Food Safety ap-flour-web

Published on February 25th, 2013 | by Jennifer Kaplan

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King Arthur Flour Issues Voluntary Recall

ap-flour-web

One of my favorite companies, The King Arthur Flour Company, has initiated a voluntary recall of a limited number of two products: 5-pound bags of all-purpose and 5-pound bags of bread flour.

sifting-ball
According to an email issued 2 days ago, small, polyurethane balls approximately 7mm to 9mm (1/4″ to 3/8″) in size may have dropped into bags during the final sifting stage of the milling process. The balls have a smooth surface and no sharp edges and are made from food grade material. Because of their bright blue color and size (about half the diameter of a dime), they are easily seen in the flour.

Steve Voigt, CEO states:

King Arthur Flour is adamant about quality and safety. A very limited number of our flour bags are affected by this incident; but we wanted to be sure our customers are aware of the recall, and know to check their flour to see if it’s involved.

Any affected products may be returned to the store where purchased for a full refund. For more information call the King Arthur Flour Consumer Hotline at 866-797-9178, open Monday-Friday, 9am-6pm EST.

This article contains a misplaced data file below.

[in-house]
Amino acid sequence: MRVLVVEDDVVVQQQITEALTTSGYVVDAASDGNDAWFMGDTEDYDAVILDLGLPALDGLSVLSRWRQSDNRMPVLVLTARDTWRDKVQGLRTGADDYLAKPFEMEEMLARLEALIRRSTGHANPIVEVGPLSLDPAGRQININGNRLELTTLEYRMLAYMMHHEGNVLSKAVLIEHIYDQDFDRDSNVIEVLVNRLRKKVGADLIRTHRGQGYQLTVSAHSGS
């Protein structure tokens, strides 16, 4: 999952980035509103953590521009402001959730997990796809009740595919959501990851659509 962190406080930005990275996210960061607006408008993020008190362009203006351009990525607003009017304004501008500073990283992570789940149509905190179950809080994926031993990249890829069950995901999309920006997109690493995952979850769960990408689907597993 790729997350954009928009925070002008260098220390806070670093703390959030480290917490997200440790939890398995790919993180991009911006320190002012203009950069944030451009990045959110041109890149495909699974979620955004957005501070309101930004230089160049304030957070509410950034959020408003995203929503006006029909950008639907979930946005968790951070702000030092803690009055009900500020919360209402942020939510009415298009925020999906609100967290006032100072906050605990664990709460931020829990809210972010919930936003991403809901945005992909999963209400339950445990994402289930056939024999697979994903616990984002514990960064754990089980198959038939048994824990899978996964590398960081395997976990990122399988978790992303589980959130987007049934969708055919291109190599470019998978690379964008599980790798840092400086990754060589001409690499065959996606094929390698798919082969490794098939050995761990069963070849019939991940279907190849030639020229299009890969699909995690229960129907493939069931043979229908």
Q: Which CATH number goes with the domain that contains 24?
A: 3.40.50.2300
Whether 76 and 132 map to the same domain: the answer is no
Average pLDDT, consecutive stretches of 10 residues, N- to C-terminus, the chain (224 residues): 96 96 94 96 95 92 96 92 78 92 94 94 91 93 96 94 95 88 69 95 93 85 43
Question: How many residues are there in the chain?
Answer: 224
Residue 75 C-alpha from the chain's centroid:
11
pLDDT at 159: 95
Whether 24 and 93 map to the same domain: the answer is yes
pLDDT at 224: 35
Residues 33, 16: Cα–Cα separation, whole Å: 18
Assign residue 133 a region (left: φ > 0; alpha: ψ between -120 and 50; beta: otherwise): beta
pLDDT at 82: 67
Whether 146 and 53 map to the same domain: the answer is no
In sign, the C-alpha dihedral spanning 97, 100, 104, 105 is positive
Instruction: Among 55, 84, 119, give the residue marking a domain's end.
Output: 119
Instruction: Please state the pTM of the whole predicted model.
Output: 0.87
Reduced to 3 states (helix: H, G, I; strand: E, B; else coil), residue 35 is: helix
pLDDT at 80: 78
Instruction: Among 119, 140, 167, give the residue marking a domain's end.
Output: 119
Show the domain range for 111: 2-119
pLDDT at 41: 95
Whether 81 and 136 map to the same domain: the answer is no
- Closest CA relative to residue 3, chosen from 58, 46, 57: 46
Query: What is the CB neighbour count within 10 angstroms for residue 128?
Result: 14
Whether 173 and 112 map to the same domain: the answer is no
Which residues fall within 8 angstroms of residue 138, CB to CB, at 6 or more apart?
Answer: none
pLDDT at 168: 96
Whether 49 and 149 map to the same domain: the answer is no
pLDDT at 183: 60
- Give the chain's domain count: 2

The following King Arthur Flour products are included in the voluntary recall:

King Arthur Unbleached All-Purpose Flour, 5-lb. bag UPC 0-71012-01050-9
(located on the left side panel under the recipe) with a Best Used By Date plus Lot Code (located beneath the nutrition facts panel) as follows:

AllP flour
ap-lotcode

 

King Arthur Unbleached Bread Flour, 5-lb. bag UPC 0-71012-4-105-3
(located on the left side panel under the recipe) with a Best Used By Date plus Lot Code (located beneath the nutrition facts panel) as follows:

br-lotcode

Bread Flour

If the Lot Code and Best Use By Date are NOT printed on the side of the bag under the nutrition panel—but rather elsewhere on the bag—then the bag is not part of the voluntary recall.





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About the Author

is a former marketing consultant who decided, at the age of fifty, to turn her hand to creative non-fiction. Jennifer continues to write about sustainable food and wine, the intersection of food and marketing and food politics for EatDrinkBetter.com and is the author of Greening Your Small Business (November 2009, Penguin Group (USA)). She was been named one of The 16 Women You Must Follow on Twitter for Green Business. She has four kids, a dog, a hamster and an MBA - find her on and .



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